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The lump and pain that would not go away

Vernell Miller is the fourth person in her family to be diagnosed with cancer
  • Vernell Miller.

Guardian Lifestyles Editor

Published: Oct 29, 2013

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Vernell Miller has a high incidence of cancer in her family – she had a sister pass away in 2001 due to breast cancer; another sister who is a seven-year survivor – despite that she never felt the urge to take a mammogram herself – that was until two months ago. Miller had her first mammogram and it revealed the worst possible result – she had Stage II breast cancer.

The lump in her right breast the 56-year-old mother of one said she found herself in May through self-examination, was brought to the attention of her husband, Anthony Miller, who said he did not feel anything, and to her nurse sister, who she said told her that it was probably chalked up to fibrocystic breasts. Miller put it out of her mind and ignored it for two months.

While on vacation, she felt a pain in her breast that she brought to the attention of her mother, Geneva Pinder, who was traveling with her at the time. As she was wearing an underwire bra, she removed it, thinking that would give her relief, did not feel the pain for the rest of the day so she again ignored it. She spoke to a nurse friend about it who told her to have it checked out when they returned home. The pain again went away, so Miller ignored having it checked out.

Miller, who accompanies her sister and her mother to doctors appointments, said she was at one of those dual visits — with her mother at the eye clinic and her sister at her doctor’s office downstairs. While she collected her sister she said she jokingly said to her doctor that she felt “funny” in her breasts and wanted him to check it out. “I have to know that I’m well too, and I was really kidding,” she said. The doctor’s receptionist told her to have an ultrasound or a mammogram, neither of which Miller wanted to do.

“I’m scared of those things; I’m not into that,” she said of the tests. “I just wanted him to check it. He said to her when she returned with my sister that he would examine me.”

Two days later, Miller said she was still feeling “funny”, and she went to have an ultrasound done. After that result, it was requested that she also have a mammogram.

Miller’s biopsy was done on July 24. She was diagnosed on August 13, one day before her 35th wedding anniversary.

Miller has become one of a growing statistic that shows a high incidence of breast cancer in Bahamian women.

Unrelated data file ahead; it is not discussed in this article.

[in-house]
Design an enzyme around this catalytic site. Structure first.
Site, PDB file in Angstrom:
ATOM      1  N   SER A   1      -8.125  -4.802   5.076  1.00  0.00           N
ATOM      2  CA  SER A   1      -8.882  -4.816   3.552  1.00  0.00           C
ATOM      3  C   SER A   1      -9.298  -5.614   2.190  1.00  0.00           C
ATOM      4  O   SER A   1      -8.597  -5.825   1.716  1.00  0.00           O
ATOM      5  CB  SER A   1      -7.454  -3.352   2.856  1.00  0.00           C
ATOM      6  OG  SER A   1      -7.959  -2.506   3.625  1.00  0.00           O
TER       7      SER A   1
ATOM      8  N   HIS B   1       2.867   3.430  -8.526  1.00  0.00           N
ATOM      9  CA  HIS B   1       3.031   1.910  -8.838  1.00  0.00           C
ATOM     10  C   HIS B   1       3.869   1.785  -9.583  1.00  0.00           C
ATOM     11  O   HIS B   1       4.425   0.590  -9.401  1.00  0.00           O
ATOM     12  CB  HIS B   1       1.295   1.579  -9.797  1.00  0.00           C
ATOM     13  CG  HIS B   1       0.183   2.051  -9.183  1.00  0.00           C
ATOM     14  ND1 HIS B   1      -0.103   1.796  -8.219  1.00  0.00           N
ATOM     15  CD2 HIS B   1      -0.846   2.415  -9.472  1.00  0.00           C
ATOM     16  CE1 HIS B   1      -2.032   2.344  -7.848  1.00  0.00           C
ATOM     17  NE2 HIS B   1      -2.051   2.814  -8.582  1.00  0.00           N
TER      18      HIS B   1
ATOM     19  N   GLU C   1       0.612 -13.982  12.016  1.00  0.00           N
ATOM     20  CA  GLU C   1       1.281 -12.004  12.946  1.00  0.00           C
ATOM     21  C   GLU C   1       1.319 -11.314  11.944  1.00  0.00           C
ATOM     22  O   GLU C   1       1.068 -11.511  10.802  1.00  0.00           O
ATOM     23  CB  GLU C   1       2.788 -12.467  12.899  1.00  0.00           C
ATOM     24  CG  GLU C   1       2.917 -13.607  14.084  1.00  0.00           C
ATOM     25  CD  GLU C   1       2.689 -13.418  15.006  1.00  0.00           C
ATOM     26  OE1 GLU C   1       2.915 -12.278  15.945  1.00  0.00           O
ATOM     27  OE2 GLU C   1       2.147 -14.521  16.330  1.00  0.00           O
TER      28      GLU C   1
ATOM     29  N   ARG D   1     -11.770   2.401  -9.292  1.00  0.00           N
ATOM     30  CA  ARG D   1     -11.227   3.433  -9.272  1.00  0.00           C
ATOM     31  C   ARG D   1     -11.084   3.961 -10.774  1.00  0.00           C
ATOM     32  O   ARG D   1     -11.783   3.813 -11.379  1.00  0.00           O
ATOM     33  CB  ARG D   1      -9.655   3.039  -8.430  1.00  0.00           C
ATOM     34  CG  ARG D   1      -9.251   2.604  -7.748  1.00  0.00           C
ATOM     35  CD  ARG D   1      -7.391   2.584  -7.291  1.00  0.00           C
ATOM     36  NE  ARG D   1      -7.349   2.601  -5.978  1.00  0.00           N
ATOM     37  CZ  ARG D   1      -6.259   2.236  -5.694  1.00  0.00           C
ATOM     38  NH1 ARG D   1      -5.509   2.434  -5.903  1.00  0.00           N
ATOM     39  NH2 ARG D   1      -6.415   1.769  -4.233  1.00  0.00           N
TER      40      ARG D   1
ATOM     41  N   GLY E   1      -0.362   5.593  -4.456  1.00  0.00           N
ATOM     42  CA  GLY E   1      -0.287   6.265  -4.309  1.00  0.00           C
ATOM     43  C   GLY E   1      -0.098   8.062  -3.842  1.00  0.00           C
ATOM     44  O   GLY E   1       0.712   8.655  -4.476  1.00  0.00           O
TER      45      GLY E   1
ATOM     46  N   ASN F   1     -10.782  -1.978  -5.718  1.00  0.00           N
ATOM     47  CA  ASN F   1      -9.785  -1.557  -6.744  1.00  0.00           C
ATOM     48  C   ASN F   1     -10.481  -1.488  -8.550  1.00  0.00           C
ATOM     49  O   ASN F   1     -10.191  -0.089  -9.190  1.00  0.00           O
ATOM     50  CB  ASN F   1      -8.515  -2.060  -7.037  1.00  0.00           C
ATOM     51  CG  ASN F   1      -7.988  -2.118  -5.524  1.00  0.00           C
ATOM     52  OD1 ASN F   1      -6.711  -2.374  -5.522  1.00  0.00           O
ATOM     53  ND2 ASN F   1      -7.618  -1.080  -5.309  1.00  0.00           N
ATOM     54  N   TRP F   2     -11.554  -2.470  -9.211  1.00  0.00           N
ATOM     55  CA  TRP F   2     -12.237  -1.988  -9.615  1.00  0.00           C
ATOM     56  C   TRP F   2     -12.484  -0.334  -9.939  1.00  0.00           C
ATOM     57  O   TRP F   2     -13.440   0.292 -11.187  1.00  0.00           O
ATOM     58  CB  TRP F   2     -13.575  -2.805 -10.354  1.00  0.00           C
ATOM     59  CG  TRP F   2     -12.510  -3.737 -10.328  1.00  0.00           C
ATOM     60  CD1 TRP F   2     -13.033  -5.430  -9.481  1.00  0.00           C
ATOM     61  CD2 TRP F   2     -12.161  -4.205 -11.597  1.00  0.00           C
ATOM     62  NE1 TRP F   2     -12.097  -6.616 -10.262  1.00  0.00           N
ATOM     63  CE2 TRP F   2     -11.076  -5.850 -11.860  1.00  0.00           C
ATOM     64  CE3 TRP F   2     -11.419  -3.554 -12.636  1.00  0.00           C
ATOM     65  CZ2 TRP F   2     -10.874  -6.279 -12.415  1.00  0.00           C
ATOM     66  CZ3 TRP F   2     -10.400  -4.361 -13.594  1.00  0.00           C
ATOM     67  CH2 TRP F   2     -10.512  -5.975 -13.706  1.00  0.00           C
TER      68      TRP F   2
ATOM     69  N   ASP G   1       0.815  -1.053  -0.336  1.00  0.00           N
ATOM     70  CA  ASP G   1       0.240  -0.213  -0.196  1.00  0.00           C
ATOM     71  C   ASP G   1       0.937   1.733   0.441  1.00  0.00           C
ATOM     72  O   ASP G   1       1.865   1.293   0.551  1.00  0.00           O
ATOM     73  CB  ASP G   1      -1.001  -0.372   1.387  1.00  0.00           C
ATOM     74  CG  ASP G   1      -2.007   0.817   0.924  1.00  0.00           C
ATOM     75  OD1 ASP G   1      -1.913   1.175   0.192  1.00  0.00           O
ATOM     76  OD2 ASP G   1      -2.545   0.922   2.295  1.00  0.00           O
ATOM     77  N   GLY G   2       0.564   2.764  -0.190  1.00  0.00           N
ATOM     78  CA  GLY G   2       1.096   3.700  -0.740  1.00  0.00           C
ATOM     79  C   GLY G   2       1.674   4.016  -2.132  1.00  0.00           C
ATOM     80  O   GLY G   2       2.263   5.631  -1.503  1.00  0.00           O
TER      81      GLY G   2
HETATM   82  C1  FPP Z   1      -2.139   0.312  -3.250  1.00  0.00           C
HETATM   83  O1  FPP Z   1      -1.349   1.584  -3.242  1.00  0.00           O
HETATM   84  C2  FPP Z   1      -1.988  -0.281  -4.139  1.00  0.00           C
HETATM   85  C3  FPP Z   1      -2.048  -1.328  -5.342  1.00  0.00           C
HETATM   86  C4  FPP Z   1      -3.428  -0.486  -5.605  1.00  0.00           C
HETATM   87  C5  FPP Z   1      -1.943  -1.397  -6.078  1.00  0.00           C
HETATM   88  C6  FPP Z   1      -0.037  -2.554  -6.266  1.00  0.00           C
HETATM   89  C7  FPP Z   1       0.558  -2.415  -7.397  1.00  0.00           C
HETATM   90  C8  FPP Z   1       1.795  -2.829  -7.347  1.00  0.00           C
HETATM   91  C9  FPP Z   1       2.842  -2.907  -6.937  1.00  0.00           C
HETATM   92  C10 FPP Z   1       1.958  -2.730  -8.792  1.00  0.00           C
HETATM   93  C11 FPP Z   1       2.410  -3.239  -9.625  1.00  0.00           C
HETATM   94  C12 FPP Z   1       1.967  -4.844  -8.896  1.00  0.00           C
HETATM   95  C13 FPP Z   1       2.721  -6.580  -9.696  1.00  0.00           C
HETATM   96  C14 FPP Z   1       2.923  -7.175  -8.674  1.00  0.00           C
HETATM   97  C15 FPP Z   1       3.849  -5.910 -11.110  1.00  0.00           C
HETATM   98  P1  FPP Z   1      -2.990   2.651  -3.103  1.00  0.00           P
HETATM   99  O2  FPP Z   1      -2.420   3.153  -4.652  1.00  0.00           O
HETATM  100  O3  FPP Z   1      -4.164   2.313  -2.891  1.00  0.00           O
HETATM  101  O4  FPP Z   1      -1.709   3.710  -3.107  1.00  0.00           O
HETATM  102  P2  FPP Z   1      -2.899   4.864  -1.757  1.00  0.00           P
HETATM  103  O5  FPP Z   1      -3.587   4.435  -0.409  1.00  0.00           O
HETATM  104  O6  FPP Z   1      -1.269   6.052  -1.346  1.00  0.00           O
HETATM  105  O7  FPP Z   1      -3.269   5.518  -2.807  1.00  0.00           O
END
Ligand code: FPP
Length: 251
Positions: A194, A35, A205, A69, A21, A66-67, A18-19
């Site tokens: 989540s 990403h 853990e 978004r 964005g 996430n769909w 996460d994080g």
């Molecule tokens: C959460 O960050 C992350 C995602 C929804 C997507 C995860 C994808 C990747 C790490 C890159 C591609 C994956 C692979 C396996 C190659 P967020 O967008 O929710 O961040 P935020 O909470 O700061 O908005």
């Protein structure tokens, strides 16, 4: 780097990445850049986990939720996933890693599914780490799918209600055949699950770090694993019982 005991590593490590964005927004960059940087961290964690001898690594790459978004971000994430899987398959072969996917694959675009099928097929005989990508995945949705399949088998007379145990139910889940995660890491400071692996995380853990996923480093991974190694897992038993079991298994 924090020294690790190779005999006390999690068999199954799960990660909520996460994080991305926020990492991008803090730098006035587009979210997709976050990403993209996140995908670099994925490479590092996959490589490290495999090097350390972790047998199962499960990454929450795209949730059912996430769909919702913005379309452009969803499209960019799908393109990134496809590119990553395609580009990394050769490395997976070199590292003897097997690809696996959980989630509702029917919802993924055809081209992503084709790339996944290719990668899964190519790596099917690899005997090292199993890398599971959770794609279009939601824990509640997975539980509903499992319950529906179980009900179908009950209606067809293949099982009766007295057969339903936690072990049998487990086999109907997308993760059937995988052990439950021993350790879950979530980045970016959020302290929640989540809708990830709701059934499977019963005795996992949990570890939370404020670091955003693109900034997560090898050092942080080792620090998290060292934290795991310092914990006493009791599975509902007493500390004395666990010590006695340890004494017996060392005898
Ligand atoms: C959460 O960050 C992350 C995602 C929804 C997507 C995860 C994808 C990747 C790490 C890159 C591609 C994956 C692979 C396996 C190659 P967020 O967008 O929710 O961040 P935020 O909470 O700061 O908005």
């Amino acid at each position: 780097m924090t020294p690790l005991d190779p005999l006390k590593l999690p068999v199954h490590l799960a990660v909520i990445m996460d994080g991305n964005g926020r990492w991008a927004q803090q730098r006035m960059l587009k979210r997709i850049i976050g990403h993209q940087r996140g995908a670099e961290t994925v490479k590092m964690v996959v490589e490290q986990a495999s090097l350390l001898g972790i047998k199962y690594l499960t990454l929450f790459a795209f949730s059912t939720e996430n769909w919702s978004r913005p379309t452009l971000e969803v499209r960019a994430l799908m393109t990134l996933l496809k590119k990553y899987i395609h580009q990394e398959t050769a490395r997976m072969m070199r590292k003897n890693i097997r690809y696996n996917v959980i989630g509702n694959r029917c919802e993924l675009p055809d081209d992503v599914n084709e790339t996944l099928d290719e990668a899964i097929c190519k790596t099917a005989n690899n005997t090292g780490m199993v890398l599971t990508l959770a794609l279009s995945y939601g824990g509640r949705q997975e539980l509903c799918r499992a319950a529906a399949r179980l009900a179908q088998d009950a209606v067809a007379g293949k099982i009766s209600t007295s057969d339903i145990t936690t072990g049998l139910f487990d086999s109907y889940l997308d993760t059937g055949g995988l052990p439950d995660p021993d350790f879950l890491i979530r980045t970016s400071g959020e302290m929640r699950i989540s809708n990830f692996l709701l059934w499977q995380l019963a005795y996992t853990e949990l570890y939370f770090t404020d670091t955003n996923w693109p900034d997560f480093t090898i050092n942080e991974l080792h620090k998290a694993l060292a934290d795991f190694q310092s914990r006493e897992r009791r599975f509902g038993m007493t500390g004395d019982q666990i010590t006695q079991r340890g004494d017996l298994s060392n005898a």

In a recent study that involved Dr. Judith Hurley, a breast cancer specialist at the University of Miami School of Medicine; Dr. Theodore Turnquest of the Oncology Center at Princess Margaret Hospital (PMH) and Dr. John Lunn, medical director at the Bahamas Breast Cancer Initiative, research has shown that 48 percent of women diagnosed with breast cancer in The Bahamas are under the age of 50; 20 percent of the women diagnosed with breast cancer in The Bahamas are under the age of 40.

According to research, 42 is the average age of women diagnosed with breast cancer in The Bahamas, and 44 percent of women diagnosed with breast cancer in The Bahamas present with late Stage 3 or late Stage 4 breast cancer.

“When I got the result, I never shed one tear; I never got upset. I did not get frustrated, and I did not get angry,” said Miller. “I said I’m blessed and God will deal with that.”

She made plans, not having even told her husband yet that she had been diagnosed.

When the doctor came in to speak with her, she inquired of him when they would do what needed to be done without even speaking to her husband first. As soon as the diagnosis was confirmed, she decided she would remove the right breast and have reconstruction surgery.

“I decided on one breast basically because of my husband honestly, and the doctor said it wasn’t necessary to remove both breasts then because it was so small. I think he was being a little considerate too,” she said.

Since her surgery, Miller said her husband has told her to remove both breasts to give her the best chance of beating breast cancer. He told her to remove both the night before her September 4 surgery. It was too late to come to that decision mere hours before her surgery. She felt that if he had said it even two days before that it could have been done. But she said she realized he had to do his own research and come to answers about what was best for her by himself.

Miller plans to have the second breast removed early next year and have reconstruction at the same time. She says she’s going for 18-year-old breasts.

Before she was diagnosed, Miller said even though she felt the lump and had pain in her breasts that she never really thought she had breast cancer. But one of the newest members of the Sister Sister Breast Cancer Support Group says she now encourages people to not take anything for granted. The woman who prior to this year had never had a mammogram says she now encourages her sisters who have never had mammograms to have it done.

“When you think you have done it all, and everything possible to keep yourself in the right way, or the way God wants it to be… you have done everything honestly, you feel like God has you so wrapped up, so protected that nothing will happen to you,” she said.

Miller has been given a four-course treatment. She’s only had one treatment so far and says she’s feeling fine. But she says people who feel lumps should never ignore them, and have a mammogram annually.

As she battles breast cancer, Miller does not have health insurance but she says she and her husband are dealing with the bills as they come. She estimates that her bills have already amounted to over $70,000 in a few short weeks, and she knows that there is more to come.

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